Connecting state and local government leaders
This week, the president returned to Springfield, where the inter-party “trust we’d built meant that we came at each debate assuming the best in one another and not the worst.”
With the nation’s combined political attention focused on the state of New Hampshire and 2016 presidential campaign politics this week, it was easy to miss President Obama’s return to Springfield, Illinois, on Wednesday, where he spoke to state lawmakers at the State Capitol.
Besides from greeting some of his former colleagues from when he served as a state lawmaker and some of his memories in Springfield, the president discussed the increasing polarization of the nation, noting that when he was a state lawmaker, his colleagues were able to maintain proactive relationships across party lines.
“I don’t want to be nostalgic here—we voted against each other all the time. And party lines held most of the time,” Obama said. “But those relationships, that trust we’d built meant that we came at each debate assuming the best in one another and not the worst.”
The state of inter-party relations has steadily deteriorated and that’s especially true in the nation’s capital, but that toxic dynamic is more and more present across the 50 states and in many local jurisdictions, too.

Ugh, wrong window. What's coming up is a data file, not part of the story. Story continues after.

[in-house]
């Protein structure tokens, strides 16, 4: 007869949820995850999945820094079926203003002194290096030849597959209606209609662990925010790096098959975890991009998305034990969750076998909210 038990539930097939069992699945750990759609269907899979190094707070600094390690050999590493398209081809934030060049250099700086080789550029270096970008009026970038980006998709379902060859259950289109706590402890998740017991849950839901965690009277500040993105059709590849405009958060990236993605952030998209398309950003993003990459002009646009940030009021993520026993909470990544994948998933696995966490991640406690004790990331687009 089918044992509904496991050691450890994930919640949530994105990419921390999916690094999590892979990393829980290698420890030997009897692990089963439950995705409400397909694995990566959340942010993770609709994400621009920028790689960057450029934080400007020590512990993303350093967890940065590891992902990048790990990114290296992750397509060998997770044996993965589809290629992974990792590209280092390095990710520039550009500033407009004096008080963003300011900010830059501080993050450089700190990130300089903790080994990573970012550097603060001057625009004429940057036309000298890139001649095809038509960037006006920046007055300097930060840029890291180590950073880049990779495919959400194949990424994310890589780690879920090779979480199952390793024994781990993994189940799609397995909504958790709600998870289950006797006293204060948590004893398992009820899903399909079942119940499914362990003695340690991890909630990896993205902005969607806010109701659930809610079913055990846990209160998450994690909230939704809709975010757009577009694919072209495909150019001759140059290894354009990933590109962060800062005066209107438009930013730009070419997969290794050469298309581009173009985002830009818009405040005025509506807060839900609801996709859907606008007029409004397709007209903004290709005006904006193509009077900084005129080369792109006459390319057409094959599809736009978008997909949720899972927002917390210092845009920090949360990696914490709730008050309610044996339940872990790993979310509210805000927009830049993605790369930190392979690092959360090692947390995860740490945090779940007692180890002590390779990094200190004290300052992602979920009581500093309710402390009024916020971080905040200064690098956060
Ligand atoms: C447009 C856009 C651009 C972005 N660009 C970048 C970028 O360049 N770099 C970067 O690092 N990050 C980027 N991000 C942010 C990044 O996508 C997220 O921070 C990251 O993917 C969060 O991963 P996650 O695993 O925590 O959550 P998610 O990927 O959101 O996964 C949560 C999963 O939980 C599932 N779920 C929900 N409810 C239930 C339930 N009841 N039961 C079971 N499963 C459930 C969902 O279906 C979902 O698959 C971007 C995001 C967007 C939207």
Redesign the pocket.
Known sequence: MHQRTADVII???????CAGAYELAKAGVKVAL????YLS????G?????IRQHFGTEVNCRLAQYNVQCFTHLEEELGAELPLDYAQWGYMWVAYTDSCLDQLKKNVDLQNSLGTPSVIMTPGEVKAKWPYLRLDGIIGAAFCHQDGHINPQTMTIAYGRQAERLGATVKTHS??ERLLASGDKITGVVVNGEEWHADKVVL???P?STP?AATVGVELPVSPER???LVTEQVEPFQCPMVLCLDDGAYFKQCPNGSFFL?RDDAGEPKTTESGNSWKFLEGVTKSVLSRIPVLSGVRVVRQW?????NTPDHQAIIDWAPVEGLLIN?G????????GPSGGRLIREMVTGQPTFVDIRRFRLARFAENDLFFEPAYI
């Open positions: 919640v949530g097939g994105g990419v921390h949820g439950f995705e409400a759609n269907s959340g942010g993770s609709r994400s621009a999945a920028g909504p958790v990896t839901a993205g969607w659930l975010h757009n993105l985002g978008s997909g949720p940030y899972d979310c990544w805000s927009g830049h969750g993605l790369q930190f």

The president had a good message when it comes to leaders who pursue scorched earth legislative strategies.
According to the White House transcript of Obama’s Springfield remarks :
... [T]rying to find common ground doesn't make me less of a Democrat or less of a progressive. It means I’m trying to get stuff done.
And the same applies to a Republican who, heaven forbid, might agree with me on a particular issue—or if I said America is great, decided to stand during a State of Union. It’s not a controversial proposition. [Laughter.] You're not going to get in trouble. [Applause.]
But the fact that that's hard to do is a testament to how difficult our politics has become. Because folks are worried, well, I’m going to get yelled at by you, or this blogger is going to write that, or this talk show host is going to talk about me, and suddenly I’ve got [a] challenger, and calling me a RINO or a not a real progressive.
So when I hear voices in either party boast of their refusal to compromise as an accomplishment in and of itself, I’m not impressed. All that does is prevent what most Americans would consider actual accomplishments—like fixing roads, educating kids, passing budgets, cleaning our environment, making our streets safe. [Applause.]
Perhaps elected officials in the Land of Lincoln, who continue to grapple with a long-term state budget impasse , might take that message to heart .
Michael Grass is Executive Editor of Government Executive’s Route Fifty.